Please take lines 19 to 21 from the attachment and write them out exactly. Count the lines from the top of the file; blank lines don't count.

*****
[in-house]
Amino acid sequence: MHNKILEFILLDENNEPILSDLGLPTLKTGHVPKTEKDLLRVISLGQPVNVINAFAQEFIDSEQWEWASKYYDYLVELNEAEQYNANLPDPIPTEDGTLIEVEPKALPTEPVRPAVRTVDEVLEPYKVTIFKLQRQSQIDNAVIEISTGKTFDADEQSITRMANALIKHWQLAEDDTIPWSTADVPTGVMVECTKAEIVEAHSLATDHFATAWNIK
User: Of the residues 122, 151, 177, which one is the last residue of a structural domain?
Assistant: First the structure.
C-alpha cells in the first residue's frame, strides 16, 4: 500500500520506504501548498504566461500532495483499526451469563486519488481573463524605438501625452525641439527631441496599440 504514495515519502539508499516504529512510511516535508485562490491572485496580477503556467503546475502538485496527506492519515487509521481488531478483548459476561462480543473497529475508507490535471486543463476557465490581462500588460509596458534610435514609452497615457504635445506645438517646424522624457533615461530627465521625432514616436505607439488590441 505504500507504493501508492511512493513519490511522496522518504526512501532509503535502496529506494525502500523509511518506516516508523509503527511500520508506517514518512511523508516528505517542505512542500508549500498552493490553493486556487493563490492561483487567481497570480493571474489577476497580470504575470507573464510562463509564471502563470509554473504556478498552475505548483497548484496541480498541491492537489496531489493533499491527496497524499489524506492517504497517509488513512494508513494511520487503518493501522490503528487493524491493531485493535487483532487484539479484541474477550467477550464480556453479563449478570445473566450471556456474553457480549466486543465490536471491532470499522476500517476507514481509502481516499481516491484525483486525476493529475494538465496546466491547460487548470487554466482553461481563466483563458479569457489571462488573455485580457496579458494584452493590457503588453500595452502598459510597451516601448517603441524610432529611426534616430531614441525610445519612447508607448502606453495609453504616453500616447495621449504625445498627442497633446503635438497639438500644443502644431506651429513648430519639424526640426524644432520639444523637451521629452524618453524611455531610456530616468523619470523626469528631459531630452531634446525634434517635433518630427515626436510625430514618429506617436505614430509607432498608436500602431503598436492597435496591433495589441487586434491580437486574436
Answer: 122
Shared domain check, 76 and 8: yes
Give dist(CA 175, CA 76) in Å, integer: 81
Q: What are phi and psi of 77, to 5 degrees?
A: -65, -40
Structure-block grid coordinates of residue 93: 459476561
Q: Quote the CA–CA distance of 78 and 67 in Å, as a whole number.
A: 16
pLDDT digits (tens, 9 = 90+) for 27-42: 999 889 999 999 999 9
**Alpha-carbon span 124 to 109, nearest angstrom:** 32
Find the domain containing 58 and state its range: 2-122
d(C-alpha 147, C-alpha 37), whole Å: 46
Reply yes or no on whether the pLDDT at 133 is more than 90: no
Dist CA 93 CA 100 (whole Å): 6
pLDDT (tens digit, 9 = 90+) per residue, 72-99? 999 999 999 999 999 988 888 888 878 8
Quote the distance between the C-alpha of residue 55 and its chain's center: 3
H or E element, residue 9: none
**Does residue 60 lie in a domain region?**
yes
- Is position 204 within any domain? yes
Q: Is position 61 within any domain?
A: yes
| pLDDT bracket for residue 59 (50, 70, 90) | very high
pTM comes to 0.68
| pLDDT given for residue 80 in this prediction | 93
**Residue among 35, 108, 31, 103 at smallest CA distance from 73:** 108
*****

Dist CA 93 CA 100 (whole Å): 6
pLDDT (tens digit, 9 = 90+) per residue, 72-99? 999 999 999 999 999 988 888 888 878 8
Quote the distance between the C-alpha of residue 55 and its chain's center: 3